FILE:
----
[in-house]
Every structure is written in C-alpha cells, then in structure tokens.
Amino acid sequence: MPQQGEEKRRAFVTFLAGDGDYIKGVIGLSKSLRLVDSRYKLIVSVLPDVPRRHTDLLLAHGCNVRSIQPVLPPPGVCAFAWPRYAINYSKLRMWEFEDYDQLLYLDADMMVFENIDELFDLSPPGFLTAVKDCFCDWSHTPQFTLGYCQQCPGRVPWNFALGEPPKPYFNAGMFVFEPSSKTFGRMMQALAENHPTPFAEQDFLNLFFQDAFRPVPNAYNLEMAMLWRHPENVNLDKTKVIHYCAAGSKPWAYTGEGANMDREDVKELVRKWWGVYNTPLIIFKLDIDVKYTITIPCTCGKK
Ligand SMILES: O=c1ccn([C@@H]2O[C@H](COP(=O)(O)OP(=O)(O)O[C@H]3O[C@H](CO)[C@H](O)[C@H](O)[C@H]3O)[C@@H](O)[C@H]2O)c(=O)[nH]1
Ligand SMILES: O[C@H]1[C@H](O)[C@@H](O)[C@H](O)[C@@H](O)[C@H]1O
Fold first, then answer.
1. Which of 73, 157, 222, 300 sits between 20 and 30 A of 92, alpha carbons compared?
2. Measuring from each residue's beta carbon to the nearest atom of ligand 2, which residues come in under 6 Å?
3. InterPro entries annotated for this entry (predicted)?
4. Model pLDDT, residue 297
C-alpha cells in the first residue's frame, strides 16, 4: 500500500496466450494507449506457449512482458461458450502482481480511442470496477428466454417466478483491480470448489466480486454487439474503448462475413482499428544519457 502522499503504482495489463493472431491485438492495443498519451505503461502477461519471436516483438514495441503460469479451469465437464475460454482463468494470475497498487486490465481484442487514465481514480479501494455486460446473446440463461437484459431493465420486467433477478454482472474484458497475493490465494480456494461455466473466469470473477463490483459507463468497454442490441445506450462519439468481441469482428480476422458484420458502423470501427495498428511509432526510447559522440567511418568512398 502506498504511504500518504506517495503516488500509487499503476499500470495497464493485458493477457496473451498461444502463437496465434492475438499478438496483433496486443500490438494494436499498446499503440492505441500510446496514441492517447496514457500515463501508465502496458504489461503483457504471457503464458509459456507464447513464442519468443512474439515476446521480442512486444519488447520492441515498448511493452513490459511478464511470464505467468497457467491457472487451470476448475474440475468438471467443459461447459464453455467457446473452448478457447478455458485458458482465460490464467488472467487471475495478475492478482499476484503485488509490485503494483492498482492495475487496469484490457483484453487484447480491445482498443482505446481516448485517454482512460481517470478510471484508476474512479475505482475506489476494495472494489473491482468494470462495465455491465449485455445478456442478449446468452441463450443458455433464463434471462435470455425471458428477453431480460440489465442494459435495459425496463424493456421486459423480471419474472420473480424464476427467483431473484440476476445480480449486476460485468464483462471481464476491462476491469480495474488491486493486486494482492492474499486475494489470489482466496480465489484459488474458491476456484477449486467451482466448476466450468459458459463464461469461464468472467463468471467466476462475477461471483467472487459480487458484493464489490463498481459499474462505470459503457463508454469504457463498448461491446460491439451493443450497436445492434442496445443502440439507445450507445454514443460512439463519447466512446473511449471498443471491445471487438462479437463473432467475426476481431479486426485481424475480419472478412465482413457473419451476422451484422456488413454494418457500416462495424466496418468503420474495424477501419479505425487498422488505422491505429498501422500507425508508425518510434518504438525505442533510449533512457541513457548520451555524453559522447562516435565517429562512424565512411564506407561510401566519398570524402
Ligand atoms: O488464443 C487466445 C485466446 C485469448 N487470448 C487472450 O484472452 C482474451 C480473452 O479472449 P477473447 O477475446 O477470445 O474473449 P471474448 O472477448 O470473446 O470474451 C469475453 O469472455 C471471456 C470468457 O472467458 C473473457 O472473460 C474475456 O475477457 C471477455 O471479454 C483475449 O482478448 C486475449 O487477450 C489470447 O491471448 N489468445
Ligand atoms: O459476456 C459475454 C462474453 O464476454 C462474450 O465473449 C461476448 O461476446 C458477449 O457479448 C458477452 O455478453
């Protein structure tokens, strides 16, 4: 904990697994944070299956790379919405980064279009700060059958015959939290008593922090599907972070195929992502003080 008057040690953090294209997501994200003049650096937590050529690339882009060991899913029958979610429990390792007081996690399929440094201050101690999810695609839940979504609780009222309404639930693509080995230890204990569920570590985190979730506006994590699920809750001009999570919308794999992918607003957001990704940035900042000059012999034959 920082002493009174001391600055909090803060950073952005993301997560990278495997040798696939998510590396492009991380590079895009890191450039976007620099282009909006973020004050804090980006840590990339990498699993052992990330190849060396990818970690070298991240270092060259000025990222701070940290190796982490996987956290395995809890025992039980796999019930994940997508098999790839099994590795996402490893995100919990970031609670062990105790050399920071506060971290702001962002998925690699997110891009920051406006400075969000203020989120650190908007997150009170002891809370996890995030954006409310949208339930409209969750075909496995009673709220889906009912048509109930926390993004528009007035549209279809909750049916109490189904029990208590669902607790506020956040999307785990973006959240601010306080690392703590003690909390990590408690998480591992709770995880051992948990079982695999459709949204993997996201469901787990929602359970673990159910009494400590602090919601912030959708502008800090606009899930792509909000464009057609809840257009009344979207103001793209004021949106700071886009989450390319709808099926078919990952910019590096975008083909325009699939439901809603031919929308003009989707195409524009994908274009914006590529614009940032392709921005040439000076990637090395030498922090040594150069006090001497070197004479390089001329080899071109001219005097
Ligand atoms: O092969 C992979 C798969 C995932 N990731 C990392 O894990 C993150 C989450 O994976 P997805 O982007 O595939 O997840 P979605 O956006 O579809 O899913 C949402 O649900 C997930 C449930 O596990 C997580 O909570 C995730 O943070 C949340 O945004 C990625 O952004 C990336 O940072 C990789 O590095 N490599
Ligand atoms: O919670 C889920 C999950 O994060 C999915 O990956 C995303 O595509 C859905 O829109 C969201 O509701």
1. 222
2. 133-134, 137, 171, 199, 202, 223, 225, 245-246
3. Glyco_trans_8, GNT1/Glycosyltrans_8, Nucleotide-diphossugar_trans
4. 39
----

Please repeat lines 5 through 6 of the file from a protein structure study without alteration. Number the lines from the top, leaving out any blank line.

Ligand SMILES: O[C@H]1[C@H](O)[C@@H](O)[C@H](O)[C@@H](O)[C@H]1O
Fold first, then answer.